Toyota Cruisers and Trucks Magazine is for the traveler and Toyota enthusiast. They decided to publish one of our articles yet again… Thanks Beau… CLICK HERE to checkout the new April 2015 issue online…
For almost 20 hours, we trudged through the night’s dark sea. We left the brown desert of Southern Baja and arrived in Mazatlán, Mexico, the only gringos aboard a ship filled with drunken truckers who stood beside their rigs.
We felt comfortable aboard the vessel alongside the truckers; they were mostly old timers and family men. Colorful pictures faded from the desert sun–religious figures, naked women, photos of loved ones–plastered the walls inside their rigs. The ship’s diesel burned through the night while the stars made their way across a clear sky, the air cool against our skin. Exposed to outer space that shone from above, knocked out in a tequila-induced slumber, we slept through the night. The song of burning diesel was soothing while we were in our little tent on the roof of our truck.
After we were dropped off by the ship deep on the Mexico coast, we began heading south in our truck. No specific destination and no timeline; the feeling of total freedom was as distracting as it was overwhelming. There was always a cloud of smoke as we blazed down the camino–fires burned constantly on the sides of the road, filling the air with a cloudy familiar smell. It was the smell of chicken being cooked, fueled by burning wood in an old oil drum cut in half on the side of the road in Mexico. It was the smell of life on the road. It was the smell of being free.
An offshore breeze blew through the tent. It was hard to sleep because the ground was rumbling. Close by, heavy waves crashed the Mexican sandbar until dawn. The chilly morning quickly warmed us up. Like a piece of steak marinating before it gets cooked, we embraced the cool morning before getting roasted. The mid-day heat forces shady naps. It is a dry heat; it hasn’t rained in months.
The military and police presence was strong on the major highways, but in some of the villages and more remote spots we were on our own. On the flip side, there are the other guys. They’re the guys wearing nice street clothes with neatly combed hair. Bullet proof vests, hand guns wedged in their belt, shotguns casually leaned on their shoulders. Several clean cut men just relaxed in their truck or strolled down the beach. While the afternoon scorch melted the sand, they also liked to sip a cerveza in the shade, watching the waves crash on the shore. I walked past their truck after a session, board under my arm, and they spoke to me in Spanish. “How are the waves,” they asked. I told them they were good.”Buenas olas.” They were not cops, nor were they military. They left us alone, and we tried not to stare.
Three months in Mexico and we camped every night. Countless waves satisfied, just like the cheap street food. Young kids wandered through camp selling freshly picked papayas. We were invited to a Christmas Eve dinner at a local place in the village. The party was filled with just as many surfers as locals–perfect strangers breaking bread and sharing the familiarity of a holiday dinner. The clock struck midnight and time suddenly stopped; everyone embraced one an other with open arms. Fisherman, farmers, surfers, children, drunks, degenerates, Europeans, Americans, and travelers all tipped their mugs and wished a “feliz navidad.” A stout older gent, a complete stranger, hugged me and smiled. His face told a story, nostalgic of another year passing by. So far from home, I felt right at home.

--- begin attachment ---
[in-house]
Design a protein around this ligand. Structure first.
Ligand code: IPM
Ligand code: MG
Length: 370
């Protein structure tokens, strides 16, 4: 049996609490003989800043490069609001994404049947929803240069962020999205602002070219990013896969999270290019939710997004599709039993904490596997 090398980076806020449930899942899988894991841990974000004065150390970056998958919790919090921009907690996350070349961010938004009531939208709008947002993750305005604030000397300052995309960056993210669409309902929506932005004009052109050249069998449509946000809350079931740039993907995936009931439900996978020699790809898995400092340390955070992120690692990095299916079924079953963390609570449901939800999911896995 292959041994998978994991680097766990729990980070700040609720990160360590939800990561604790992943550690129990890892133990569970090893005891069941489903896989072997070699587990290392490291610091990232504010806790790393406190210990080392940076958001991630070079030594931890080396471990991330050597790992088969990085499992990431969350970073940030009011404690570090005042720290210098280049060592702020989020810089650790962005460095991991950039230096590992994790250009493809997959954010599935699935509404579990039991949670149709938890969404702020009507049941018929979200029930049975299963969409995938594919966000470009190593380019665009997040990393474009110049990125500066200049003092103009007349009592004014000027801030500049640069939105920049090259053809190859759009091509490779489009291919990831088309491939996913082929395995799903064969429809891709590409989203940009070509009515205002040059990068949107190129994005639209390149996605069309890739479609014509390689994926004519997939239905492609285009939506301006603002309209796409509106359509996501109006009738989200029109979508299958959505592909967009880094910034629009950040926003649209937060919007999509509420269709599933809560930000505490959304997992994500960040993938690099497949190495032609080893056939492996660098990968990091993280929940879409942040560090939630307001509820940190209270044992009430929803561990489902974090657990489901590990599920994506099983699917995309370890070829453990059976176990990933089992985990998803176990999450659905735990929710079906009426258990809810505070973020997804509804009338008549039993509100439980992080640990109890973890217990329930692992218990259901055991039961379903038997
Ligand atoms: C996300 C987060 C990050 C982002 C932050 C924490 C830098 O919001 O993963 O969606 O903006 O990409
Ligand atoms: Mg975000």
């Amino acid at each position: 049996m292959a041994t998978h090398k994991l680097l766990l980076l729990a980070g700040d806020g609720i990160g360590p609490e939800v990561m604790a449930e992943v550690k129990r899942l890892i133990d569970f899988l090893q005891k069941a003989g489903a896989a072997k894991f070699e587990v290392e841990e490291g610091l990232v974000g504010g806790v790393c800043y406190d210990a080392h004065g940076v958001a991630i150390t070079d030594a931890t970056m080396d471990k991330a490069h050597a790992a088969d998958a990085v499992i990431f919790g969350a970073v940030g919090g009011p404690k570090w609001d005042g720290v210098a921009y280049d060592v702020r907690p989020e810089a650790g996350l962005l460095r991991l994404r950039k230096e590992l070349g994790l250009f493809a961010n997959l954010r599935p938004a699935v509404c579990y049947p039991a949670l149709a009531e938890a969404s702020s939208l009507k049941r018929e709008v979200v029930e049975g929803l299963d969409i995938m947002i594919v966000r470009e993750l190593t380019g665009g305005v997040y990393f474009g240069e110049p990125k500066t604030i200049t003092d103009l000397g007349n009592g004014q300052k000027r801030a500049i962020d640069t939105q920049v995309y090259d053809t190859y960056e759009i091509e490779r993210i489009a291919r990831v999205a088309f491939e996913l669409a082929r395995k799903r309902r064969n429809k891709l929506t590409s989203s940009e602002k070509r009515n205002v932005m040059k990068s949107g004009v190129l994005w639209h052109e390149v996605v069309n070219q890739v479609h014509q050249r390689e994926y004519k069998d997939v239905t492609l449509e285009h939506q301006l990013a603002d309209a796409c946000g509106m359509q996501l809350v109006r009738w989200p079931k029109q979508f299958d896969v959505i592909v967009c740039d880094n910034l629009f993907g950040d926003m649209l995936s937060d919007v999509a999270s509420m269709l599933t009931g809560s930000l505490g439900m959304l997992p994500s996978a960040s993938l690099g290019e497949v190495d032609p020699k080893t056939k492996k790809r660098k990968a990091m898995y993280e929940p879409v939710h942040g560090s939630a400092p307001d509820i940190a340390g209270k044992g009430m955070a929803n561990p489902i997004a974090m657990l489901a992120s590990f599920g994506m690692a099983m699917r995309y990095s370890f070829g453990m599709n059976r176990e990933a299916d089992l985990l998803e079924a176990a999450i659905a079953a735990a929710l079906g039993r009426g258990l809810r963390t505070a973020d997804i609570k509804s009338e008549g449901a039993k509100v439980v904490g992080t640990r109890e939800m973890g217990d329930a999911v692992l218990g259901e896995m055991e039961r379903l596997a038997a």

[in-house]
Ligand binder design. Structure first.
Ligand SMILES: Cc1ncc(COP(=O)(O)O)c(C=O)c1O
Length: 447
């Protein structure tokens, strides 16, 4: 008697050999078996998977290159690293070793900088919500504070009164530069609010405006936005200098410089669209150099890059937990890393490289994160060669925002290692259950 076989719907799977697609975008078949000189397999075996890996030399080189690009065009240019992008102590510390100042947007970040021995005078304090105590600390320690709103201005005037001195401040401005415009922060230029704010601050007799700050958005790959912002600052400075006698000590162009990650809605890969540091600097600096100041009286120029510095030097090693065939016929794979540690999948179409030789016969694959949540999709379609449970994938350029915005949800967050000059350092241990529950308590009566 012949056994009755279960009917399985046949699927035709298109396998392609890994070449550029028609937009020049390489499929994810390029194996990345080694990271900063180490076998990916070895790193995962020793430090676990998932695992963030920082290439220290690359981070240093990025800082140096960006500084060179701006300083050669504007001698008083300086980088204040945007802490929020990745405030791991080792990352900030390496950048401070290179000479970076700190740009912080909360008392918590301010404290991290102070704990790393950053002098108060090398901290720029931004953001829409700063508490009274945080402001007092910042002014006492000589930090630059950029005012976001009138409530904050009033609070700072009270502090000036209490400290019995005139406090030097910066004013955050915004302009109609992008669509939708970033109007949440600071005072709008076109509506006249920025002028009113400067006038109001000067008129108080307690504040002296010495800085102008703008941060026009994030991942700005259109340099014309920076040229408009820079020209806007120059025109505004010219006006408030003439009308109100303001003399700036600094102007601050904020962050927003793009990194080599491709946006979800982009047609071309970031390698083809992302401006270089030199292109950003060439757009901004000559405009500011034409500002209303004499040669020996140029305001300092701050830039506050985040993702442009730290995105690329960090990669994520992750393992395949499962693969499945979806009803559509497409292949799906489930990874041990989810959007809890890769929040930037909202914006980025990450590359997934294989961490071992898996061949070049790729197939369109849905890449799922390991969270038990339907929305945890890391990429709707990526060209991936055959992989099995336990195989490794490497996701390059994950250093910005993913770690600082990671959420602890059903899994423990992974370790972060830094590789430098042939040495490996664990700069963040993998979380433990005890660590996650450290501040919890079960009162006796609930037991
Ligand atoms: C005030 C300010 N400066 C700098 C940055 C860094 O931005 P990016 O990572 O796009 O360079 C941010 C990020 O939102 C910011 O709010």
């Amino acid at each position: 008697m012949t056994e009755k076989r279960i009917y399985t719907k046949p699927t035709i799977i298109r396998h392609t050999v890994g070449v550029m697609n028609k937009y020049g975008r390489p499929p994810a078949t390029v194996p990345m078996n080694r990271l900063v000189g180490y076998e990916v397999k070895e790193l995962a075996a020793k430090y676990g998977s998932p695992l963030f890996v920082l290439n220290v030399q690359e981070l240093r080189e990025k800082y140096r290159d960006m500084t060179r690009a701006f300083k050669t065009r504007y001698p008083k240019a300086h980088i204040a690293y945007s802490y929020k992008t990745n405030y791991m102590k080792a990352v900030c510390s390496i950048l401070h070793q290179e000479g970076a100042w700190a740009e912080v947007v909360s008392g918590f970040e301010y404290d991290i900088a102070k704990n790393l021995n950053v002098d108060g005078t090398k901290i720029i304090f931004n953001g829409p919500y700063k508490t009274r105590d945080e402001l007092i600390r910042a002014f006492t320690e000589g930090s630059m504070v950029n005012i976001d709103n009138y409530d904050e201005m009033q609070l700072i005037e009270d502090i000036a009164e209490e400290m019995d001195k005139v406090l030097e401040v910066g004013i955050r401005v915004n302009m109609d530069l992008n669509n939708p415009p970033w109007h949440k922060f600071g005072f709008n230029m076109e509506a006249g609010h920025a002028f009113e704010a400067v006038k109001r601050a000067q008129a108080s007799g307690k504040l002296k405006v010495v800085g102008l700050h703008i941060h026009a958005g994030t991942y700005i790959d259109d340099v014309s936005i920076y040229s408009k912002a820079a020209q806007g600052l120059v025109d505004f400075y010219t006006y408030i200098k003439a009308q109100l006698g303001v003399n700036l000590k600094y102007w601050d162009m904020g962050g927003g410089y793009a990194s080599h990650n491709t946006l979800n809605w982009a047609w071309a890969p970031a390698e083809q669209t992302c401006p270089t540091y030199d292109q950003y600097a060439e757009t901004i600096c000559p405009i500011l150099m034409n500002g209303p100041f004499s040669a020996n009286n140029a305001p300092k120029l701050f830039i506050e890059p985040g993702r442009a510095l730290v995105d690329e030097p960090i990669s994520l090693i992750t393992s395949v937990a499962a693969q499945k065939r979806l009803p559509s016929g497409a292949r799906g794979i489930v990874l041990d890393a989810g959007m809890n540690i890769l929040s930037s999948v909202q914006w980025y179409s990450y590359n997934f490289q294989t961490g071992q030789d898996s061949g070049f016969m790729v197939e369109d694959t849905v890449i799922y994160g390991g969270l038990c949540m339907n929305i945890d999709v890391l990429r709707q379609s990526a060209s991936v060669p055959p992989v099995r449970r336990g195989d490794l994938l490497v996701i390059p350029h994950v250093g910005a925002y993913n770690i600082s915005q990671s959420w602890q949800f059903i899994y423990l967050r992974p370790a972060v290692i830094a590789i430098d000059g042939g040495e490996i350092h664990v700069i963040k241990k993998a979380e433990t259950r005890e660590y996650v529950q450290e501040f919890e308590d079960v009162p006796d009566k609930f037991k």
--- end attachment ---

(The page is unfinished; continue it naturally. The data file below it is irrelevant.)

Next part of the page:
The palm trees danced from the afternoon wind as I scoured the ground for fallen coconuts. With some help from my trusty machete, I learned how to drink the water from the shell. Coconut water quenches your thirst, like a swing from a machete just feels good to do. I drank the sweet water and remembered how much coconut water costs back in the States.
Siesta time beachside. As I enjoyed a rest between sessions, a middle-aged Texan, as loud as he was irritating, tried to sell me ecstasy in the desolate grassy camp. I brushed off this madcap and resumed my catnap. My dog did not like him and let out a low growl. He threatened my dog’s life and disappeared into the heat. One day, the jaded Texas tourist will get his. So I simply watched the ocean and waited for the breeze.
The life of a traveler is a simple life. It’s a good life. While moving from place to place, you have few priorities: keep your things safe, spend your money frugally, see how long you can go, and surf as much as you can. Live an interesting life while owning as little as possible. Some may say its the easy life, but it’s not the life for everyone.
So we decided to drive to Punta Maldonado, in Guerrero, Mexico. It’s only steps from the Oaxaca border. Punta Maldonado is an old African settlement on the South coast of Mexico, most of the decedents are derived from escaped African slaves. This area holds the record for the highest population of Afro-Mexicans in the entire country. Punta Maldonado was recommended to us by an older Canadian gent named David, who has apparently spent several years traveling around Mexico. Today Punta Maldonado remains an out of the way fishing village on a dead end road. Tourism is non existent, locals only, mostly fisherman and their families. Our caravan consisted of Sara, Lupe and I in our truck, followed by George and Rachel in their VW Vanagon.
We spent our previous days on touristy beaches, we fought for waves amongst surfers from around the globe. Although the swell was small, the crowds were not. The holidays just past, leaving the crowds still intact. All the “cool guy” surfer types still marched the beaches and lingered in the water. The “cool guy” is just an attitude. These types are all very serious, they are everywhere, aggressively fighting for a wave no matter how small the surf may be. They wont make eye contact with you because you are the enemy, the rival wave rider. You say hello to break the tension, but they usually just sneer and grind their teeth at your salutation. We decided to get away from this nonsense.